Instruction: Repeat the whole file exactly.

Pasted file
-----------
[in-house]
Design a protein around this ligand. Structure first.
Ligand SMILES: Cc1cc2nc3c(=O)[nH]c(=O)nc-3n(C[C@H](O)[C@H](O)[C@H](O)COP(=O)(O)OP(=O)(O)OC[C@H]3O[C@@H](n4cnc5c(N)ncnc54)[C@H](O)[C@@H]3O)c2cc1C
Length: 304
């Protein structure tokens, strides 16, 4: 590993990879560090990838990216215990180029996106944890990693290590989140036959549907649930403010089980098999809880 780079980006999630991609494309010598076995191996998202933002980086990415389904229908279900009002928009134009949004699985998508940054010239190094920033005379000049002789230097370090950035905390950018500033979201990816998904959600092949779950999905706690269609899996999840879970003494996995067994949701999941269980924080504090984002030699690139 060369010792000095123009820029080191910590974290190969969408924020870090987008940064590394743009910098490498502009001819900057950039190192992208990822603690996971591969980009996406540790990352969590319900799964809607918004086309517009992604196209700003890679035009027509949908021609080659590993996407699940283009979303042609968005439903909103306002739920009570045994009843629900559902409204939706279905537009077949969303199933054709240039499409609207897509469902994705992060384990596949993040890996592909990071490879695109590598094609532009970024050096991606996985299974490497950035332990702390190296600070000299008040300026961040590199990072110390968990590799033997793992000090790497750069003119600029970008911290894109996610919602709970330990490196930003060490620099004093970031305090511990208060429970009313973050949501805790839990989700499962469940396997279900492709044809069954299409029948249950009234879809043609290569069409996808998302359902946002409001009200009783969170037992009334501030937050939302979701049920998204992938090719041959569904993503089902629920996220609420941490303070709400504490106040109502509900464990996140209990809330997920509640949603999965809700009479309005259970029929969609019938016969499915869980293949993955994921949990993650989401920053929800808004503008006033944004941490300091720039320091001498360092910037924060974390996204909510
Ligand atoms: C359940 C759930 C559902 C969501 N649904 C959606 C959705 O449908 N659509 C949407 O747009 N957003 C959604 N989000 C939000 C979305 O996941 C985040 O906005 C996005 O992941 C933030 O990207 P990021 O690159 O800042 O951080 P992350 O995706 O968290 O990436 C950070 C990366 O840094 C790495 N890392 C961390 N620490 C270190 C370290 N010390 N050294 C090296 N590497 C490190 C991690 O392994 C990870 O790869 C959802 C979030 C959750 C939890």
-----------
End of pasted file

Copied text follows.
[in-house]
Design a protein around this ligand. Structure first.
Ligand SMILES: Cc1cc2nc3c(=O)[nH]c(=O)nc-3n(C[C@H](O)[C@H](O)[C@H](O)COP(=O)(O)OP(=O)(O)OC[C@H]3O[C@@H](n4cnc5c(N)ncnc54)[C@H](O)[C@@H]3O)c2cc1C
Length: 304
């Protein structure tokens, strides 16, 4: 590993990879560090990838990216215990180029996106944890990693290590989140036959549907649930403010089980098999809880 780079980006999630991609494309010598076995191996998202933002980086990415389904229908279900009002928009134009949004699985998508940054010239190094920033005379000049002789230097370090950035905390950018500033979201990816998904959600092949779950999905706690269609899996999840879970003494996995067994949701999941269980924080504090984002030699690139 060369010792000095123009820029080191910590974290190969969408924020870090987008940064590394743009910098490498502009001819900057950039190192992208990822603690996971591969980009996406540790990352969590319900799964809607918004086309517009992604196209700003890679035009027509949908021609080659590993996407699940283009979303042609968005439903909103306002739920009570045994009843629900559902409204939706279905537009077949969303199933054709240039499409609207897509469902994705992060384990596949993040890996592909990071490879695109590598094609532009970024050096991606996985299974490497950035332990702390190296600070000299008040300026961040590199990072110390968990590799033997793992000090790497750069003119600029970008911290894109996610919602709970330990490196930003060490620099004093970031305090511990208060429970009313973050949501805790839990989700499962469940396997279900492709044809069954299409029948249950009234879809043609290569069409996808998302359902946002409001009200009783969170037992009334501030937050939302979701049920998204992938090719041959569904993503089902629920996220609420941490303070709400504490106040109502509900464990996140209990809330997920509640949603999965809700009479309005259970029929969609019938016969499915869980293949993955994921949990993650989401920053929800808004503008006033944004941490300091720039320091001498360092910037924060974390996204909510
Ligand atoms: C359940 C759930 C559902 C969501 N649904 C959606 C959705 O449908 N659509 C949407 O747009 N957003 C959604 N989000 C939000 C979305 O996941 C985040 O906005 C996005 O992941 C933030 O990207 P990021 O690159 O800042 O951080 P992350 O995706 O968290 O990436 C950070 C990366 O840094 C790495 N890392 C961390 N620490 C270190 C370290 N010390 N050294 C090296 N590497 C490190 C991690 O392994 C990870 O790869 C959802 C979030 C959750 C939890």